Your Primer to Healthcare Mergers and Acquisitions

Are We There Yet? 4 Perspectives On Emerging Healthcare Transaction Data

Mar 3, 2015

by Tom Schramski

By Tom Schramski, PhD, CM&AA

Volume 2 Issue 5, March 3, 2015

One of the biggest challenges in the healthcare middle market is finding accurate data on M+A transactions, including deal specifics like multiples of adjusted EBITDA.  This issue is even more pronounced in the lower middle market where hundreds of companies of $10-50 million revenue are sold each year.

VERTESS has recently forged a relationship with GFData, winner of 2014 AMAA Middle Market Thought Leader Of The Year Award, to address this concern.  GFData provides detailed information on successful transactions between $10 and $250 million across the country, including healthcare and related services/products, in the $10-50 million lower middle marker segment.  What is unique about their approach is that they confidentially collect data on various aspects of each transaction, allowing us to dive much deeper into the truth of each deal with like comparisons to similar transactions.

Based on their data for the fourth quarter of 2014, this is what we believe we have learned:

  • 4Q 2014 multiples of EBITDA across all M+A transactions declined overall for the first time since late 2007.  This suggests the possibility that the seller’s market that has been prevalent for some time may be waning. There are numerous exceptions to this observation, with exceptions usually driven by the unique characteristics of the individual company, including above average profitability.
  • In healthcare specifically, the multiples of EBITDA remain largely the same in the $10-50 million revenue category, but, on average, have declined slightly in the $50-100 million range.  There could be many reasons for this and it is clear to us that the continuing interest of private equity groups (PEGs) in the $10-50 million healthcare marketplace is positively affecting valuations.
  • Leveraging of healthcare deals continues to be relatively light unless there is a remarkable product (as in medical devices/equipment), and the debt levels are higher for add-on acquisitions compared to platform deals.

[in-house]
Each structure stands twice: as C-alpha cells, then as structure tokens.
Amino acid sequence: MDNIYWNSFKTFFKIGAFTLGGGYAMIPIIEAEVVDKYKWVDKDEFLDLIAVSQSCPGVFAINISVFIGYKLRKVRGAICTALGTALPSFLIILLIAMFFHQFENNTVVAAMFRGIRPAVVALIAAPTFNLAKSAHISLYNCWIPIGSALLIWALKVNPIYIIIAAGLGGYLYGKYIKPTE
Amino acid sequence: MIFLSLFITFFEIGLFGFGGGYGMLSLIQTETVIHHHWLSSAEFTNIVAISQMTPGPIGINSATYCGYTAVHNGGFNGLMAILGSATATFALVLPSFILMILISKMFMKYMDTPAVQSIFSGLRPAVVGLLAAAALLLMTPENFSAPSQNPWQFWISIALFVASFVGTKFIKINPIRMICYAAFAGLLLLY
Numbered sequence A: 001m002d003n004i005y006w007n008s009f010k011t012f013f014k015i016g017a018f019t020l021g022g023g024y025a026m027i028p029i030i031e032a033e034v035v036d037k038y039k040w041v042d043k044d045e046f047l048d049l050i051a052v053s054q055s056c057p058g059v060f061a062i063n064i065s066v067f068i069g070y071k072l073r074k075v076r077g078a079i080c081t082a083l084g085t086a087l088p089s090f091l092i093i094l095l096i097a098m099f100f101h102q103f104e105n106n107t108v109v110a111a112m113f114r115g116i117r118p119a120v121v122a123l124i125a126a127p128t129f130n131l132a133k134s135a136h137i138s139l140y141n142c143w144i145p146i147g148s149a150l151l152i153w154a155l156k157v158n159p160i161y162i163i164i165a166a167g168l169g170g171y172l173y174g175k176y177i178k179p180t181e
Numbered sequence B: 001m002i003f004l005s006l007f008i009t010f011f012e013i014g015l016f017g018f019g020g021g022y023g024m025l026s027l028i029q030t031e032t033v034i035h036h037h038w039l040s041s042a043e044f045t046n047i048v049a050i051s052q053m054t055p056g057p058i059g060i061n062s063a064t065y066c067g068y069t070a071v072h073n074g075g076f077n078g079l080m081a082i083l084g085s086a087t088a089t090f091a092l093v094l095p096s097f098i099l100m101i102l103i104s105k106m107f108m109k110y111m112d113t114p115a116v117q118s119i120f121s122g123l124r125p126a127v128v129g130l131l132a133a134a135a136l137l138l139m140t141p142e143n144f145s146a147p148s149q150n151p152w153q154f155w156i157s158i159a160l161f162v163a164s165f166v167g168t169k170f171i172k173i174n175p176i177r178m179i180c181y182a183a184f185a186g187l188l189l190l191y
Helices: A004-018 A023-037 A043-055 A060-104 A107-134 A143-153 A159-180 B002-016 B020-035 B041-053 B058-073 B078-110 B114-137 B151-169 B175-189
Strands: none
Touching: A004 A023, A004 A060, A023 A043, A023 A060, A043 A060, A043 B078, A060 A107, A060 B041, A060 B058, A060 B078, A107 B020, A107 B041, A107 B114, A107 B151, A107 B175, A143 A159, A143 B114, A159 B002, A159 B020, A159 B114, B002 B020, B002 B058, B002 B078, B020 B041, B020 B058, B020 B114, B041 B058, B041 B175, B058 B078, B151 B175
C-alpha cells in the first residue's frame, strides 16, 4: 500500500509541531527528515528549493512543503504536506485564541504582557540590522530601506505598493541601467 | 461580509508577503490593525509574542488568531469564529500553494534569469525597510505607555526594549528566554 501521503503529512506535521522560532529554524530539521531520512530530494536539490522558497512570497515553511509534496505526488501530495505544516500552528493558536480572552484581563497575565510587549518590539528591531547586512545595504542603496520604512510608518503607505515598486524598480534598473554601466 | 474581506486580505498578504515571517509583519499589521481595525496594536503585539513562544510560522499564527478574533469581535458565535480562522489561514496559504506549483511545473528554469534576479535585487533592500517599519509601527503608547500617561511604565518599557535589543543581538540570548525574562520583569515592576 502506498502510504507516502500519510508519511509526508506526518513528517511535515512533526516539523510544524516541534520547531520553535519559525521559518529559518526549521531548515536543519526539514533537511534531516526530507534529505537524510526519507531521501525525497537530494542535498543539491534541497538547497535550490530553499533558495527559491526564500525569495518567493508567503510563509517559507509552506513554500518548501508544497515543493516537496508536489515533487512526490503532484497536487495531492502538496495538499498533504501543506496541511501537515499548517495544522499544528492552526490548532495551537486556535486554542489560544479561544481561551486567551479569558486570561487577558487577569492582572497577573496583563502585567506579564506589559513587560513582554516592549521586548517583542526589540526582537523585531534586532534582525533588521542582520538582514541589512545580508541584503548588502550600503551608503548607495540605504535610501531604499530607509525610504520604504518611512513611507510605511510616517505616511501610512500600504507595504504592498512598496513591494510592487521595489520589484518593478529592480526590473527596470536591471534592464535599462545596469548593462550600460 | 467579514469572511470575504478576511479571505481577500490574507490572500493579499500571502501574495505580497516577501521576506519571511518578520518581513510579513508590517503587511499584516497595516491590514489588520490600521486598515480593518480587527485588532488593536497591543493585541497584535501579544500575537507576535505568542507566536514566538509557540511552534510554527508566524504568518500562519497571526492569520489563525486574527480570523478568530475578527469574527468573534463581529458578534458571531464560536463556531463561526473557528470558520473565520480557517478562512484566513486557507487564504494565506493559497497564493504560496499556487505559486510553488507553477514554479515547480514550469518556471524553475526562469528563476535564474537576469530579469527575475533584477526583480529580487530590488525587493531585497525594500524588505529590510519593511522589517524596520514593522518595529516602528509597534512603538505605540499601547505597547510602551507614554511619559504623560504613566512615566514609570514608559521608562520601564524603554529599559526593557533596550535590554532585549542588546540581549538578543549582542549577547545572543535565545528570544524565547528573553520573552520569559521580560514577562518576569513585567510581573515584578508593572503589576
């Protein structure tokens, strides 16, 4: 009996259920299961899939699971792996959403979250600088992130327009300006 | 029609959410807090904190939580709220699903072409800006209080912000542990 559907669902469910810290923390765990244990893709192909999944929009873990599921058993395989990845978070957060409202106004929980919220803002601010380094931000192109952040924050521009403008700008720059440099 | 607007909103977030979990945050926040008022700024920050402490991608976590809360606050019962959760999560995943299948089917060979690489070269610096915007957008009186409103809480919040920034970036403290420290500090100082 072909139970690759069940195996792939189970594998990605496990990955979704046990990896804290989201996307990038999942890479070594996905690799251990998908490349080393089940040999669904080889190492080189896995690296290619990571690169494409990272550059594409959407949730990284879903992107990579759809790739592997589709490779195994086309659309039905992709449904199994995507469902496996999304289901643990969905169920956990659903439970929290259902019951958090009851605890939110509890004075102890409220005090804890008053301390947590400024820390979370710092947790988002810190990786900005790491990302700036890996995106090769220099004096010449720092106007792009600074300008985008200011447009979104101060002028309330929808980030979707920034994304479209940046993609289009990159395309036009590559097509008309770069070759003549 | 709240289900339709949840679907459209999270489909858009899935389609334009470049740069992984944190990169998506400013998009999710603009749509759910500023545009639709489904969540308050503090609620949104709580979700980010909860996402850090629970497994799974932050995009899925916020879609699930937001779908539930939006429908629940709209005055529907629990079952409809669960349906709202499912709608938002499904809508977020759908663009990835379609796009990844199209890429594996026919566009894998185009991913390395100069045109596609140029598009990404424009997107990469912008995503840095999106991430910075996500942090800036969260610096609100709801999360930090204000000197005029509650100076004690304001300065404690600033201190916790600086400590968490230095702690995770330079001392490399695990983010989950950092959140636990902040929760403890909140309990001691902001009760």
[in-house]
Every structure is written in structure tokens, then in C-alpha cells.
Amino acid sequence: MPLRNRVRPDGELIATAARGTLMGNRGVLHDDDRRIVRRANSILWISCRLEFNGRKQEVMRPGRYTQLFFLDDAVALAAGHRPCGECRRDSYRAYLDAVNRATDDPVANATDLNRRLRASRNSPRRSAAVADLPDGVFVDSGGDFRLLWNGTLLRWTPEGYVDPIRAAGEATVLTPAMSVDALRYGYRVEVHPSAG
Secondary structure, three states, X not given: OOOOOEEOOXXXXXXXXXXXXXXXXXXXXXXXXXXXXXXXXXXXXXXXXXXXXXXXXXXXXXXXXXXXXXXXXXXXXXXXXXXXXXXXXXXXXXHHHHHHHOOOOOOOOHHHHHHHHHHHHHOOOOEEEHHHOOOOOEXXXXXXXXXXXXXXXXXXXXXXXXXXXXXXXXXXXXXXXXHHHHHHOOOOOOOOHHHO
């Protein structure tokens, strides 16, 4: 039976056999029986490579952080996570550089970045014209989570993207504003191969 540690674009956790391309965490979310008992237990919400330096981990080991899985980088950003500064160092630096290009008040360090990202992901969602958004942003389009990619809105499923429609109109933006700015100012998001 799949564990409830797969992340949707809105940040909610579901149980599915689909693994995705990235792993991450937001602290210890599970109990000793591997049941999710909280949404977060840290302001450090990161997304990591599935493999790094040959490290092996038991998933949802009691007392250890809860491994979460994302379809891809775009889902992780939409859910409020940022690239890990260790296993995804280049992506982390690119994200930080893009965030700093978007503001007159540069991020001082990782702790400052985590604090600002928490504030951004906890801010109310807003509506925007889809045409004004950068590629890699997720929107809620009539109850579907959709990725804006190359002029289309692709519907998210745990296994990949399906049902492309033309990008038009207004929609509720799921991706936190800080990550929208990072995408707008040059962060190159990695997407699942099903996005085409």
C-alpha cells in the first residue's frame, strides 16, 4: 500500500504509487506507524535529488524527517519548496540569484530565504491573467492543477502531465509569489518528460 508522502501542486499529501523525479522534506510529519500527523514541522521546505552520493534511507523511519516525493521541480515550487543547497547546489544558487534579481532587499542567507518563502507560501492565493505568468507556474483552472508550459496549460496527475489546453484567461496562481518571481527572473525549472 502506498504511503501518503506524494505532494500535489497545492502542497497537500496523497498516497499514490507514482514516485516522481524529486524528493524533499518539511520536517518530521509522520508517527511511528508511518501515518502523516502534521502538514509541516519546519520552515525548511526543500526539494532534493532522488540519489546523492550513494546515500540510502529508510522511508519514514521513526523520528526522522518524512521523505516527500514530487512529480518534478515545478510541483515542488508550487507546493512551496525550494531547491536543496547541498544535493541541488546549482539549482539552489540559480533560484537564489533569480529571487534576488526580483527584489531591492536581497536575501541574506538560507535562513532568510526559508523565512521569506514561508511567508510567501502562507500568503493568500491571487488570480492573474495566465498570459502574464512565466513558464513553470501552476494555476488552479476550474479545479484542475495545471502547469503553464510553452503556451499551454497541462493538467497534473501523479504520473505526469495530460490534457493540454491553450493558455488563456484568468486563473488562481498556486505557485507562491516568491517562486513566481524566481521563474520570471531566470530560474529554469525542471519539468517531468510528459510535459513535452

• Deal activity in lower middle market healthcare continues to be robust in all areas and especially in behavioral healthcare, substance abuse treatment, intellectual/developmental disabilities (including autism), medical equipment/devices, urgent care/ambulatory surgery centers, and homecare/hospice.

What does this data mean for you?  If you are looking to transition there remains strong buyer interest in multiple healthcare verticals with many financing approaches available.  Buyers are also becoming increasingly sophisticated and are looking for more creative options for expansion (e.g. replication of their own service delivery models via de novo activity) when they cannot find an acceptable acquisition.

There also appears to be pent up seller interest in the Baby Boomer population who are looking to time things right.  Like all economic trends, there are better times than others and we believe that today’s favorable conditions will not last forever.  A decision to transact should incorporate this macro view balanced with your personal goals and objectives.

Transcending these factors is an age-old truism: if your business performance is strong and sustainable it will always be easier to find a buyer or a partner than if this is not the case.  You may find the one-in-a-million product or secret sauce, but most great transactions come from keeping your eye on the ball and aligning your human and financial resources behind that effort.

Tom Schramski

Tom Schramski PhD, CM&AA


Tom was the Founder and Managing Partner of VERTESS. He was a Certified Merger & Acquisition Advisor (CM&AA), consultant, and Licensed Psychologist with over 35 years of very successful national experience in the healthcare marketplace, including co-founding and building a $25 million behavioral health/disabilities services company. Tom represented sellers and investors across the healthcare spectrum and was recognized for his executive leadership in the 2005 Entrepreneur of the Year issue of Inc. Tom passed away in December 2018.

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